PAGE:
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New Museum of Contemporary Art
Senior Curator
1995 - 2006

New York, NY  

More than a decade after his Extended Sensibilities (1982-83) pioneered the then-taboo subject of sexual identity and art, the New Museum's founder, Marcia Tucker, named Dan Cameron to be Senior Curator, in effect presiding over the museum's transition from alternative space to full-fledged museum. To signal the visible change in programming, he mounted major retrospective exhibitions of such American artists as Carroll Dunham, Paul McCarthy, Faith Ringgold, Carolee Schneemann, David Wojnarowicz, and Martin Wong, alongside mid-career surveys and special projects by a range of international artists: Bili Bidjocka, Candice Breitz, Maria-Fernanda Cardoso, Wim Delvoye, Eugenio Dittborn, Mona Hatoum, Jose Antonio Hernandez-Diez, Los Carpinteros, Nalini Malani, Cildo Meireles, Aernout Mik, Rivane Neuenschwander,  Marcel Odenbach, Pierre at Gilles, Keith Piper, Doris Salcedo, Nedko Solakov, Francesco Vezzoli, William Kentridge and Xu Bing. Two large-scale group exhibitions (listed separately) were also integral to the Cameron decade: Living inside the Grid (2002) and East Village USA (2005).

"I decided to take all of the research and energy that had propelled my independent projects during the prior decade, and bring both local and global concerns together in a program intended to galvanize the New Museum’s desire to expand its exhibitions calendar, its audience and its physical space."

Carolee Schneemann: Up To and Including Her Limits


The first-ever U.S. museum survey of Schneemann’s (1939-2019) work included paintings, drawings, watercolors, constructions, photographs, videos, performance documentation and sculptural installations. Works on view ranged from her 1959 Painting to the 1994 mixed-media installation Mortal Coils, and included the 1963 series Eye Body and the title performance-video installation Up To and Including her Limits. The 68-page catalog includes essays by Dan Cameron, David Levi-Strauss, and Kristine Stiles.

Enclosures: Installations by Teresita Fernandez, Nedko Solakov and Hale Tenger 


To coincide with the Schneemann exhibition, three artists whose work is conceived in the form of room-scale installations created new projects for the occasion. The Fernandez work was a room in the form of an indoor swimming pool, the Solakov a wallpapered parlor covered in half-hidden graffiti, while Tenger produced an ambiguous waiting area where a rolled-up rug suggested that the most recent occupant was hidden inside.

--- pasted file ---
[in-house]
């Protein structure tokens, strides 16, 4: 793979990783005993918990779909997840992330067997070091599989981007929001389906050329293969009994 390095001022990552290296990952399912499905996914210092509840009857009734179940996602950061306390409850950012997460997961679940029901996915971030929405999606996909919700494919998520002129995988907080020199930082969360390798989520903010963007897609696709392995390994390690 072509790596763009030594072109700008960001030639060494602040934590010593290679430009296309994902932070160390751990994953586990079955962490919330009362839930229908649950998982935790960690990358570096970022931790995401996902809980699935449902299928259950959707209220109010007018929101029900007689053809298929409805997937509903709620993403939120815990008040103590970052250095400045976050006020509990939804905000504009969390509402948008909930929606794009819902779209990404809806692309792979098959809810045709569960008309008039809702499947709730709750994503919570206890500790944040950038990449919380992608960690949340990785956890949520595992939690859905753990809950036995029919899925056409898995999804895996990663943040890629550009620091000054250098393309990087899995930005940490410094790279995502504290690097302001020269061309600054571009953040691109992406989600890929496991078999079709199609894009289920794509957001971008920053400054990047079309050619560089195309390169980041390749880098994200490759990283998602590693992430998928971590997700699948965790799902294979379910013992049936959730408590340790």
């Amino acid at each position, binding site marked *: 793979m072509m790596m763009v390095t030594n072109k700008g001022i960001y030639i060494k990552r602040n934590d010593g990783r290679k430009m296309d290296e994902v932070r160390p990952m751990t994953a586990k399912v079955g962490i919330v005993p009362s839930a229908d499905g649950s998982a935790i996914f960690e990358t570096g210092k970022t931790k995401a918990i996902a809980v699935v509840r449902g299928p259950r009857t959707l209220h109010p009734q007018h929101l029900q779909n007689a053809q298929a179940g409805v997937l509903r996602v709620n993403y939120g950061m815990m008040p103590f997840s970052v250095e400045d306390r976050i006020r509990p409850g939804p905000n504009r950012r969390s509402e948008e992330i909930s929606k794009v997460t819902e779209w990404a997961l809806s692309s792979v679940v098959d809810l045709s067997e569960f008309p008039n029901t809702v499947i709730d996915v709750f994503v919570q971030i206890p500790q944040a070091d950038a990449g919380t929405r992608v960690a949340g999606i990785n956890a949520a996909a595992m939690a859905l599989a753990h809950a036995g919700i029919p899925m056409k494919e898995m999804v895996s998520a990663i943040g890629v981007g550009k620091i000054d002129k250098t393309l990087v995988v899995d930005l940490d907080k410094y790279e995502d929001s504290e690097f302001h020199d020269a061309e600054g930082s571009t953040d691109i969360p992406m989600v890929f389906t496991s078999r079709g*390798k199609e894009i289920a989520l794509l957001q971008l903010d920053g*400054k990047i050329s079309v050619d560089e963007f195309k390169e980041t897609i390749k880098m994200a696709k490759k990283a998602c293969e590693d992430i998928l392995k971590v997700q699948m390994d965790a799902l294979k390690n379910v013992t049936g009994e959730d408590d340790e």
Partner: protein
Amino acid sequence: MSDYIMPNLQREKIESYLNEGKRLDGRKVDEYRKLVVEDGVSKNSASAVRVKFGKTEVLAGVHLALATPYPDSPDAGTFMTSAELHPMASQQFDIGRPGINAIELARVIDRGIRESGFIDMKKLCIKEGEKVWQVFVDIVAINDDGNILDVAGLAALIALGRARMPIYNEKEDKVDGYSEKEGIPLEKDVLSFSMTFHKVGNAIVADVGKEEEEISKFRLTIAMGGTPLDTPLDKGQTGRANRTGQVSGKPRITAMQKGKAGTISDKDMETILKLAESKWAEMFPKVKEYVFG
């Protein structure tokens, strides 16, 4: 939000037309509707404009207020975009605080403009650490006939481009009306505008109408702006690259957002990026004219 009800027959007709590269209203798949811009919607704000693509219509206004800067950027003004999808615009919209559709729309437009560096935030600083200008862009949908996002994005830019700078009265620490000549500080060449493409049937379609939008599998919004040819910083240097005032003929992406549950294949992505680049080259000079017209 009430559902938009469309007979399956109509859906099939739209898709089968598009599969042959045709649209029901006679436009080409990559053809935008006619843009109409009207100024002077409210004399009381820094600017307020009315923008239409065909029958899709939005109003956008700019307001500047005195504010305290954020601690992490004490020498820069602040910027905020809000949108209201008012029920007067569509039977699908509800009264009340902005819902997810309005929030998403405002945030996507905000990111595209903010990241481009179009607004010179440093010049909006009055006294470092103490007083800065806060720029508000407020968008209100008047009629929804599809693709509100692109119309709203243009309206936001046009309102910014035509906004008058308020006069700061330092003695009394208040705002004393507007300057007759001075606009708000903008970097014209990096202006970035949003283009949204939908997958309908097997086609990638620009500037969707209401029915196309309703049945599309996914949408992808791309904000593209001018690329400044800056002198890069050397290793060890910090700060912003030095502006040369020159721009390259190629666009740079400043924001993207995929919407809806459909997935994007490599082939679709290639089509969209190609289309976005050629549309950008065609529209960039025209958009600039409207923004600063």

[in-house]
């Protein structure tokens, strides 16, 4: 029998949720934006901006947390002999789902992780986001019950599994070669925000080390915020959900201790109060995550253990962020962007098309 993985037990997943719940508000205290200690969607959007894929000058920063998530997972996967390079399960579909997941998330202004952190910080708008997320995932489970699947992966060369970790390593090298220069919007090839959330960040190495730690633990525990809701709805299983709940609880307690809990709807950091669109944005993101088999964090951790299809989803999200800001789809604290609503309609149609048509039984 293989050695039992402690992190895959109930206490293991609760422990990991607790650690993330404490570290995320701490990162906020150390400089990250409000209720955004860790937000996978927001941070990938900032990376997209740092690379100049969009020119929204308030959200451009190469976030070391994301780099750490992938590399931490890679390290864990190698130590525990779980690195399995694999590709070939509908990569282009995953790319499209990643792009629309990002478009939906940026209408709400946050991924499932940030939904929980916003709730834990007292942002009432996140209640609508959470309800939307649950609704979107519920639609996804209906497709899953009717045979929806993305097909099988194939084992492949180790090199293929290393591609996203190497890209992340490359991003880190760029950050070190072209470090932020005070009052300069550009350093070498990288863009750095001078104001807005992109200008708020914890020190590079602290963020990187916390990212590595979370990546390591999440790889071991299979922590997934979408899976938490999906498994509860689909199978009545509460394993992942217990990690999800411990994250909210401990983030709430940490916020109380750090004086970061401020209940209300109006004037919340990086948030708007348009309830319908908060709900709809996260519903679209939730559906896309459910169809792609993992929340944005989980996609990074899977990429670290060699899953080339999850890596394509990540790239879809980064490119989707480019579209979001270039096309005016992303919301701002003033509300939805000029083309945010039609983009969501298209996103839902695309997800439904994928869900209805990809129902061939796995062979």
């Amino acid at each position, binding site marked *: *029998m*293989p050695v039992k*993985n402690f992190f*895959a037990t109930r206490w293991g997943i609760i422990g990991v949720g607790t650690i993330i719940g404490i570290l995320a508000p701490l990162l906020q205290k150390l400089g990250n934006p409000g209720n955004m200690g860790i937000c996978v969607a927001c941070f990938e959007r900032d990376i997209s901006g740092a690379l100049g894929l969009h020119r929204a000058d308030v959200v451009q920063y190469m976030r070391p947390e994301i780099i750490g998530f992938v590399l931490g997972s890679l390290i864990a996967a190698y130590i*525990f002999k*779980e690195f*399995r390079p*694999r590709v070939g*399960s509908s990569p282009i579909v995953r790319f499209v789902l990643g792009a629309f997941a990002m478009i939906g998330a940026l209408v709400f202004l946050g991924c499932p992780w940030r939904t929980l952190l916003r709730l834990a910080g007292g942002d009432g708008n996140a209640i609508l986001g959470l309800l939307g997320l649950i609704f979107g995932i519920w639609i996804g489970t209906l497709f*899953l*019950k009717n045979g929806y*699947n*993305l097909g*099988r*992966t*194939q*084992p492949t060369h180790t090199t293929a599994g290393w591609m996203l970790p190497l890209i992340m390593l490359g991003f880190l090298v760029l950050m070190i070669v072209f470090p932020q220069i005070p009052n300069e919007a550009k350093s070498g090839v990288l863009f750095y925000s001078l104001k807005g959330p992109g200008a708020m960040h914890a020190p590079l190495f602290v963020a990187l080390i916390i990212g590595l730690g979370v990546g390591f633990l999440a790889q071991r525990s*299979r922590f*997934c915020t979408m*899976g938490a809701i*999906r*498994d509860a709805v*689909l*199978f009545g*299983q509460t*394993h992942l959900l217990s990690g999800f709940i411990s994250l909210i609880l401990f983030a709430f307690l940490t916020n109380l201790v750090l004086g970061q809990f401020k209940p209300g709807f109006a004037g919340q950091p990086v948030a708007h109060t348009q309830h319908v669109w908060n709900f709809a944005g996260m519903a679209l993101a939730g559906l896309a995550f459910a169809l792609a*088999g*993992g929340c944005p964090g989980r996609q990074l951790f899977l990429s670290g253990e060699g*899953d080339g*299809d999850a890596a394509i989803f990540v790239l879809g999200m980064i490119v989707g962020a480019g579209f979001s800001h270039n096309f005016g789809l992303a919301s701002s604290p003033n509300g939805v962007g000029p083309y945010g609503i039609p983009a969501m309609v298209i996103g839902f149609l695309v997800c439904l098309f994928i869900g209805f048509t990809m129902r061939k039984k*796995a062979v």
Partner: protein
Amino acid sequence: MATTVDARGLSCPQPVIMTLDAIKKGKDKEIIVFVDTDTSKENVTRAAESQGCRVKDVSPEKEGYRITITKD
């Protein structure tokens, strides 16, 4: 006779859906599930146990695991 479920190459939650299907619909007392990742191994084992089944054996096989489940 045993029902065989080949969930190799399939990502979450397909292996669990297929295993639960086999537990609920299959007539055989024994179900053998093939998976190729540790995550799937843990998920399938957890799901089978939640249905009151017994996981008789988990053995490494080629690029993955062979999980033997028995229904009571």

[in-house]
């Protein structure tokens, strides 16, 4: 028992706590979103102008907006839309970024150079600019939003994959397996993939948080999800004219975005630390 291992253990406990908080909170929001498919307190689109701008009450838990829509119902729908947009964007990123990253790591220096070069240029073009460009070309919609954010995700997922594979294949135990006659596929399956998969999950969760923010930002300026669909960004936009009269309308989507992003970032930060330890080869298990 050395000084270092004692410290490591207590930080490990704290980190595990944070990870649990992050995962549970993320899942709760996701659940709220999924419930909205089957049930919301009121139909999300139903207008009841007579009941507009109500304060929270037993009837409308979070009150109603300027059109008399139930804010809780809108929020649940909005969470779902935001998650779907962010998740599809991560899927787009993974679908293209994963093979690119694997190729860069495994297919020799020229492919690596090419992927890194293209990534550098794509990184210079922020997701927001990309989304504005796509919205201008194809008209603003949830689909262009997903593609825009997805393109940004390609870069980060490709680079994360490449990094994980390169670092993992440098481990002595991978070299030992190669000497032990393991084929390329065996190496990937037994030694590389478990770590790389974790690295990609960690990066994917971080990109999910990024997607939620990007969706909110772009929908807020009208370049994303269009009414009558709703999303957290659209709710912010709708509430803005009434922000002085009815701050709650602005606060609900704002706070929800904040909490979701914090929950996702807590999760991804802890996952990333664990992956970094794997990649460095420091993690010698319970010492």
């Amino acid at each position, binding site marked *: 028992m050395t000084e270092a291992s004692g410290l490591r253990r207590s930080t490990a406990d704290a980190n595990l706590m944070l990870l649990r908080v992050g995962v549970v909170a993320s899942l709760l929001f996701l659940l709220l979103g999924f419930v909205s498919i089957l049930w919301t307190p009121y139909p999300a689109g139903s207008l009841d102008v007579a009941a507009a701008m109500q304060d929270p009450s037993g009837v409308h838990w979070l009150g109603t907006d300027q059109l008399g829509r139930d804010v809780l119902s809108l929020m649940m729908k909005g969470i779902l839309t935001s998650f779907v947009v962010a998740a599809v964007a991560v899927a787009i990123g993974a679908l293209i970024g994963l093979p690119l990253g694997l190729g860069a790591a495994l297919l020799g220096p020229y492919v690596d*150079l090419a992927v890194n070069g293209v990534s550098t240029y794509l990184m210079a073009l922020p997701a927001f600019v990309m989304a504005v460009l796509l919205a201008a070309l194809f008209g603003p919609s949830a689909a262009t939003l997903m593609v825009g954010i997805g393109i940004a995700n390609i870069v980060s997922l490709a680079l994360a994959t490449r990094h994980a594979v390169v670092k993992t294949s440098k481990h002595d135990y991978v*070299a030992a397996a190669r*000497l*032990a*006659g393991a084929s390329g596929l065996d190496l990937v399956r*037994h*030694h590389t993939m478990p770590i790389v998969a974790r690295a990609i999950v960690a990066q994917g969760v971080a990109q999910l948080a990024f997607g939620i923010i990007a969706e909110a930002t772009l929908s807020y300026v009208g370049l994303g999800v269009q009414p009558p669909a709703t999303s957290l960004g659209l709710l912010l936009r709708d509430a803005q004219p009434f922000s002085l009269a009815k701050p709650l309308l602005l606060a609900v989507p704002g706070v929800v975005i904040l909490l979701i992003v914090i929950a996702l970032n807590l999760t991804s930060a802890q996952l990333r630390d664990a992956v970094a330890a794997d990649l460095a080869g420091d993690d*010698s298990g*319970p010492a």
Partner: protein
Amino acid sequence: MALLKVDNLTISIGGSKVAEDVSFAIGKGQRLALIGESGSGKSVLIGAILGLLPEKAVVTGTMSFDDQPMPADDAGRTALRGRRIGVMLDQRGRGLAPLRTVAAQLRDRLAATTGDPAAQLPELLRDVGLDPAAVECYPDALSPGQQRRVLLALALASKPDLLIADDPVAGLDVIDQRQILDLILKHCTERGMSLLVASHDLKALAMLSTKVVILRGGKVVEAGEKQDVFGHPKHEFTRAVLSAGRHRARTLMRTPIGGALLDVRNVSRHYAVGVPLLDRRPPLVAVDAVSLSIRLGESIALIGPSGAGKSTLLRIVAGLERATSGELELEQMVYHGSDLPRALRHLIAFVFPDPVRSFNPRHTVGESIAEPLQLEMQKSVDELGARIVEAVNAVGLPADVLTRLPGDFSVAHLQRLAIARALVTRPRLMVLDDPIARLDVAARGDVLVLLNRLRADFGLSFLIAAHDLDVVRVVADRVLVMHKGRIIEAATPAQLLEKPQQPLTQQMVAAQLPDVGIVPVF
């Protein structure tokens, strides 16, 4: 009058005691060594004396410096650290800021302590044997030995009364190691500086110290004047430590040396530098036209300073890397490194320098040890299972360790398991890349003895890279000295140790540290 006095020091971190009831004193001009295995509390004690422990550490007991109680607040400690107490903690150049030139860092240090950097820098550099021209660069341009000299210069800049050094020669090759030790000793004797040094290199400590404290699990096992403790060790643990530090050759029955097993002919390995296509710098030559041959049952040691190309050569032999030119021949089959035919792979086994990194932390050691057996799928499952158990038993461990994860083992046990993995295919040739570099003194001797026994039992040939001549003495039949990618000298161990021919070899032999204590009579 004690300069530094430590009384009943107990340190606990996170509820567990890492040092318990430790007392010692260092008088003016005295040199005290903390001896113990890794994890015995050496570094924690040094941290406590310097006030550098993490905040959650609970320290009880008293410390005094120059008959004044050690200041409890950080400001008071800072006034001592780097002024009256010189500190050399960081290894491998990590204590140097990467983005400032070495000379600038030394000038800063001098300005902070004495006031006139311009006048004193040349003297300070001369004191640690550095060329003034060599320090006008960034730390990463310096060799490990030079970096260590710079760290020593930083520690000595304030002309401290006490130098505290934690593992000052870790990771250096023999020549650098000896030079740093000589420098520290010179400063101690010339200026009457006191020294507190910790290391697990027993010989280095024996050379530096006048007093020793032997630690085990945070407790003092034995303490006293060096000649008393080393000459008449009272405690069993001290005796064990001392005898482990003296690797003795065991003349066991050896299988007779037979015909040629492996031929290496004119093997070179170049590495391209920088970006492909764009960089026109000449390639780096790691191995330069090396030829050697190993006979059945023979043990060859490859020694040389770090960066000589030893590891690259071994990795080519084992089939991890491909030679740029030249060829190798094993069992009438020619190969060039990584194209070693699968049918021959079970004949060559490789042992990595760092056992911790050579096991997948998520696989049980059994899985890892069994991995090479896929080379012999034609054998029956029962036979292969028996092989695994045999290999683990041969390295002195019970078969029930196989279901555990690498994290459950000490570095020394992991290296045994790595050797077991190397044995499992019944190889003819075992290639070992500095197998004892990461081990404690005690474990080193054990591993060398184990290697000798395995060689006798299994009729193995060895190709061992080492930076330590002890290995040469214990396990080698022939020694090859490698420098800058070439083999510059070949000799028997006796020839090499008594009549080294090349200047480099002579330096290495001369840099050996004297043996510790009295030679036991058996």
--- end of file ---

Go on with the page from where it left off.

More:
Remota: Airmail Paintings by Eugenio Dittborn

(in collaboration with the Museo Nacional de Bellas Artes, Santiago de Chile)


At the height of the Pinochet dictatorship in Chile, Eugenio Dittborn (b. 1943) began to produce works that would circumvent both the state censors as well as the cultural boycott imposed on Chile from the outside. Produced from imagery whose range included historical engravings, old police photos, drawings by schizophrenics and current mass media, the airmail paintings, once made, were folded and placed in customized envelopes, which were then exhibited alongside the works. The 240-page catalog, designed by Guillermo Feuerhake and Eugenio Dittborn, contains essays by Dan Cameron, Guy Brett, Sean Cubitt, Gonzalo Munoz, Gerardo Mosquera, Robert Merino and Adriana Valdes.

Unland/Doris Salcedo

(in collaboration with SITE Santa Fe, New Mexico)


This exhibition, which inaugurated the New Museum’s expanded second-story galleries at its 583 Broadway address, was the result of a three-year collaboration after the artist responded positively to an invitation to produce a new body of work for the museum. Since the early 1990s, Salcedo’s (b. 1958) work had been increasingly focused on the violence then endemic in Colombia, where she lives and works. Unland consisted of three lengthy tables that had been ingeniously threaded with thousands of individual human hairs, producing an almost imperceptible effect of loss and absence. The 80-page exhibition catalog, designed by Paul Carlos, contains essays by Charles Mereweather and Dan Cameron.

Sweet Oblivion: The Urban Landscape of Martin Wong

(in collaboration with Illinois State University Galleries, Normal, IL)


Painter Martin Wong (1946-1999) was born in San Francisco to parents from Hong Kong. He studied ceramics and joined the drag troupe Angels of Light before moving to NYC in the early 1980s to become a painter.  Wong's politically charged, highly personal depictions of his neighbors, empty lots, graffiti-covered walls and tales relayed by his neighbor, playwright and former convict Miquel Piñero, soon became timeless depictions of a New York on the brink of profound economic and demographic changes. The 86-page catalog, co-published by Rizzoli, contains essays by Barry Blinderman (co-curator), Lydia Yee, Carlo McCormick, Yasmin Ramirez and Marcia Tucker.